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Bismuth,  83Bi
20131119 211021.jpg
General properties
Name, symbol Bismuth, Bi
Alternative name Wismuth
Appearance Silvery solid, often with rainbow layer of bismuth oxide.
Bismuth in the periodic table


LeadBismuth → Polonium
Atomic number 83
Standard atomic weight (Ar) 208.98040
Group, block , p-block
Period period 6
Electron configuration [Xe] 4f14 5d10 6s2 6p3
per shell
2, 8, 18, 32, 18, 5
Physical properties
Silvery, rainbow when oxidized.
Phase Solid
Melting point 544.7 K ​(271.5 °C, ​520.7 °F)
Boiling point 1837 K ​(1564 °C, ​2847 °F)
Density at  (0 °C and 101.325 kPa) 9.78 g/cm3 g/L
when liquid, at  10.05 g/cm3
Heat of fusion 11.30 kJ/mol
Heat of 179 kJ/mol
Molar heat capacity 25.52 J/(mol·K)
Atomic properties
Oxidation states 5, 4, 3, 2, 1, −1, −2, −3 ​(a mildly acidic oxide)
Electronegativity Pauling scale: 2.02
energies 1st: 703 kJ/mol
2nd: 1610 kJ/mol
3rd: 2466 kJ/mol
Atomic radius empirical: 156 pm
Covalent radius 148±4 pm
Van der Waals radius 207 pm
Crystal structure ​Rhomboedral
Speed of sound thin rod 1790 m/s (at 20 °C)
Thermal expansion 13.4 µm/(m·K) (at 25 °C)
Thermal conductivity 7.97 W/(m·K)
Electrical resistivity 1.29·10-6 Ω·m (at 20 °C)
Magnetic ordering Diamagnetic
Young's modulus 32 GPa
Shear modulus 12 GPa
Bulk modulus 31 GPa
Poisson ratio 0.33
Mohs hardness 2.25
Brinell hardness 70–95 MPa
CAS Registry Number 7440-69-9
Discovery Claude François Geoffroy (1753)
· references

Bismuth is a chemical element with symbol Bi and atomic number 83. It is a post-transition metal, grey and dense. This metal is known to be among the least toxic heavy metals. Bismuth-209 is currently known as isotope with longest decay half-time of all radioactive elements calculated to be (1.9 +/- 0.2 ) x 1019years, which is in good agreement with the theoretical prediction of 4.6 x 1019years.[1]



Bismuth is stable to both dry and moist air at ordinary temperatures. When red-hot, it reacts with water to make bismuth trioxide[2].

2 Bi + 3 H2O → Bi2O3 + 3 H2

Bismuth dissolves in concentrated sulfuric acid to make bismuth(III) sulfate and sulfur dioxide.

2 Bi + 6 H2SO4 → 6 H2O + Bi2(SO4)3 + 3 SO2

Bismuth reacts with halogens to produce bismuth halides. Unlike bismuth trifluoride and bismuth triiodide, bismuth trichloride and bismuth pentafluoride rapidly hydrolyse in moist air and water. Bismuth will react with most acids, but oxygen or hydrogen peroxide has to be present to oxidize the metal.

Bismuth, especially when powdered, will readily react with concentrated nitric acid to give a solution of bismuth nitrate and oxides of nitrogen, although heating might be required to archieve complete dissolution.

When bismuth chloride or bismuth nitrate solutions are diluted, they hydrolyze and form insoluble precipitates of bismuth oxychloride and bismuth oxynitrate respectivly.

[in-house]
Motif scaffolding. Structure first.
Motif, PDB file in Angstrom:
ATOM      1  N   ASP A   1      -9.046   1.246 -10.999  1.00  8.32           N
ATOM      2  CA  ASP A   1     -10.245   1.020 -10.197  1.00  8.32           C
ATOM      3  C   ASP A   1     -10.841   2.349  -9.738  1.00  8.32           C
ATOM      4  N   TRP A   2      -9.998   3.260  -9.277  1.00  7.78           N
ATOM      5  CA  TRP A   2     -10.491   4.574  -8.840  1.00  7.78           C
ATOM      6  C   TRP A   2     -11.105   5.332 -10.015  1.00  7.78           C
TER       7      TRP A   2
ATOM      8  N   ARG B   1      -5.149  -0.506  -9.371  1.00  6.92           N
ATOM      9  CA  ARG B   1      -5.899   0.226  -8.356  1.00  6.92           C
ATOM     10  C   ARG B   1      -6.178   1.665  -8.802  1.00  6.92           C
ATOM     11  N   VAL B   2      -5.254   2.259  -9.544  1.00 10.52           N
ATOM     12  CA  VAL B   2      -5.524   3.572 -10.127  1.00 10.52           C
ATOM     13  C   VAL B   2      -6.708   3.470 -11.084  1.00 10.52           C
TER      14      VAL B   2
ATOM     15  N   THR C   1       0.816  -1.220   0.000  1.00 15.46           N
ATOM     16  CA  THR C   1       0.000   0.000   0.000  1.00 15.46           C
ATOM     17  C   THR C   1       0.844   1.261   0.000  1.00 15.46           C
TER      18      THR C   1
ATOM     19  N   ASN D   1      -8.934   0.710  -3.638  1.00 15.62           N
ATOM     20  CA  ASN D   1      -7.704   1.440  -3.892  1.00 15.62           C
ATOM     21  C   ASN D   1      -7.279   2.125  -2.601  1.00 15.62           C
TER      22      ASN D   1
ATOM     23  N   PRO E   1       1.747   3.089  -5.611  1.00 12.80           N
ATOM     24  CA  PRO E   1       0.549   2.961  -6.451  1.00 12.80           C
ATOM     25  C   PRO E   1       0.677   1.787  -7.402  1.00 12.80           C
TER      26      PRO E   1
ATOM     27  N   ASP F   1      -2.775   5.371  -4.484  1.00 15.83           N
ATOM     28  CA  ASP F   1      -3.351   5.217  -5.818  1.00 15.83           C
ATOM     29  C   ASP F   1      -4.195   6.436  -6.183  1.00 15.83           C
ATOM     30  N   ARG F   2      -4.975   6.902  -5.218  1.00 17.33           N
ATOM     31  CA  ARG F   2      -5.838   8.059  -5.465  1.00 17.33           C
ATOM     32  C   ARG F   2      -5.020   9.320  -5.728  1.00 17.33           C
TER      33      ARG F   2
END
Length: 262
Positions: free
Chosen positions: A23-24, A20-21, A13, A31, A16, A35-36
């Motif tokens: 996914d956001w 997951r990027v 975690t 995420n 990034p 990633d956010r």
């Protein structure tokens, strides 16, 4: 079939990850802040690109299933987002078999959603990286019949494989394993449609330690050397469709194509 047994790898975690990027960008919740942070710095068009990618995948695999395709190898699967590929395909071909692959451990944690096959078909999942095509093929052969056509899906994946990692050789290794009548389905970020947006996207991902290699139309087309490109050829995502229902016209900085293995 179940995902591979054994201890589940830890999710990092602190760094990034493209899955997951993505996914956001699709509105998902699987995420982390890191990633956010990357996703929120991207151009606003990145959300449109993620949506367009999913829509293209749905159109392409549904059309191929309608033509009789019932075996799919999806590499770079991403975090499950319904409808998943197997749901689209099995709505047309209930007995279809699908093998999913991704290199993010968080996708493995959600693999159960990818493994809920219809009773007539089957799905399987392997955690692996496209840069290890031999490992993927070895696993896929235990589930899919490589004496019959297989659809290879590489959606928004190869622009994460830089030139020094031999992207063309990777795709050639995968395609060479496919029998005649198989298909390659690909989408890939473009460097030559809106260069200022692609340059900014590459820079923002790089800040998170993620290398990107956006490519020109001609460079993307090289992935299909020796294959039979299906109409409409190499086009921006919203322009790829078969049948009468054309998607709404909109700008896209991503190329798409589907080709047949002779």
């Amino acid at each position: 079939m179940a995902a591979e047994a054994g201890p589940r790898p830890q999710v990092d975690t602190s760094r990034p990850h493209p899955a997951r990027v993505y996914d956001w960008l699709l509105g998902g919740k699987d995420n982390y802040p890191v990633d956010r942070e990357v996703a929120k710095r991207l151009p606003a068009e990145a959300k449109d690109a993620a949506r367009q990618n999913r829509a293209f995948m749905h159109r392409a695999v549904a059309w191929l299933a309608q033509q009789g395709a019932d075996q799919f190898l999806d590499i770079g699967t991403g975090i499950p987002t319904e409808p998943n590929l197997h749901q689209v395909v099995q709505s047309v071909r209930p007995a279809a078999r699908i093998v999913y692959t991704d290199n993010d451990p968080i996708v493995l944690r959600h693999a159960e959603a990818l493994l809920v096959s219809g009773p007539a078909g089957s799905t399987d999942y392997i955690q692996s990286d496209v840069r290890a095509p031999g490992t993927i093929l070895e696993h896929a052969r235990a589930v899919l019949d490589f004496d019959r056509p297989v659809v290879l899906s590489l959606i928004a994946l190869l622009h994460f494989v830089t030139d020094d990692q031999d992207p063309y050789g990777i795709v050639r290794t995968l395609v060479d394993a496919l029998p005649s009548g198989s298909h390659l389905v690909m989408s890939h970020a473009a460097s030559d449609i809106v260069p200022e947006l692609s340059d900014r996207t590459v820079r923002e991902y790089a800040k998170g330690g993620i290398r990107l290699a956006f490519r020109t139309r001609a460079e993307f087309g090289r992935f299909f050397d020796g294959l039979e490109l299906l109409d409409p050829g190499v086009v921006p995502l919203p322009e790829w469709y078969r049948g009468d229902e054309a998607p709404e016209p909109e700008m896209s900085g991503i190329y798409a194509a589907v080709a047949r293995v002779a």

When an iodide solution is added to a solution of bismuth, first black bismuth(III) iodide precipitates which redissolves in an excess of iodide to form orange tetraiodobismuthate(III).


Bismuth is a brittle white-silvery metal in its pure form. It will oxidize in air to form an iridescent hue, under certain circumstances, showing many colors from yellow to blue. It has the lowest thermal conductivity of all known metals and it is the most diamagnetic pure element. Small samples of bismuth metal can levitate in the presence of strong magnetic fields. Similar to antimony, gallium, germanium and silicon, bismuth is denser in the liquid phase than the solid (like ice), expanding 3.32% on solidification.


Bismuth is present as bismuth subsalicylate in Pepto-Bismol. It can be extracted from the compound, as shown here.

Large chunks of metal can be bought as Hopper crystals, that display beautiful iridescence.

Bismuth is found in certain electronics, mostly as lead-free solder. The solder that binds the ceramic lid to the CPU appears to be mostly of bismuth, as after melting it and letting it cool in open air it displays the typical iridescence.

Some gun stores advertise shotgun pellets made of bismuth or alloys thereof as "green", or non-toxic ammo, as opposed to lead pellets.


Bismuth can be extracted from Pepto-Bismol, by adding acid and then reducing the metal with either aluminium or other reducing metal.


  • Making bismuth crystals
  • Levitation with magnets



Unlike it's surrounding metals (lead, antimony, polonium), bismuth and bismuth compounds have low toxicity. Overexposure to bismuth, however, can result in the formation of a black deposit on the gums, known as a "bismuth line".

Some of its compounds, such as bismuth chloride will hydrolyze in moist air and is corrosive to skin, so protection is required when handling the compound.

Bismuth is technically radioactive; its naturally occurring isotope bismuth-209 is not fully stable. But its half-life is so high and radioactivity so low that it can be considered stable for all intents and purposes. It does not pose a radioactive hazard.


Bismuth does not require special storage. Hopper crystals can be displayed on any shelf or table.


It's best to try to recycle the bismuth and avoid dumping it in the environment.




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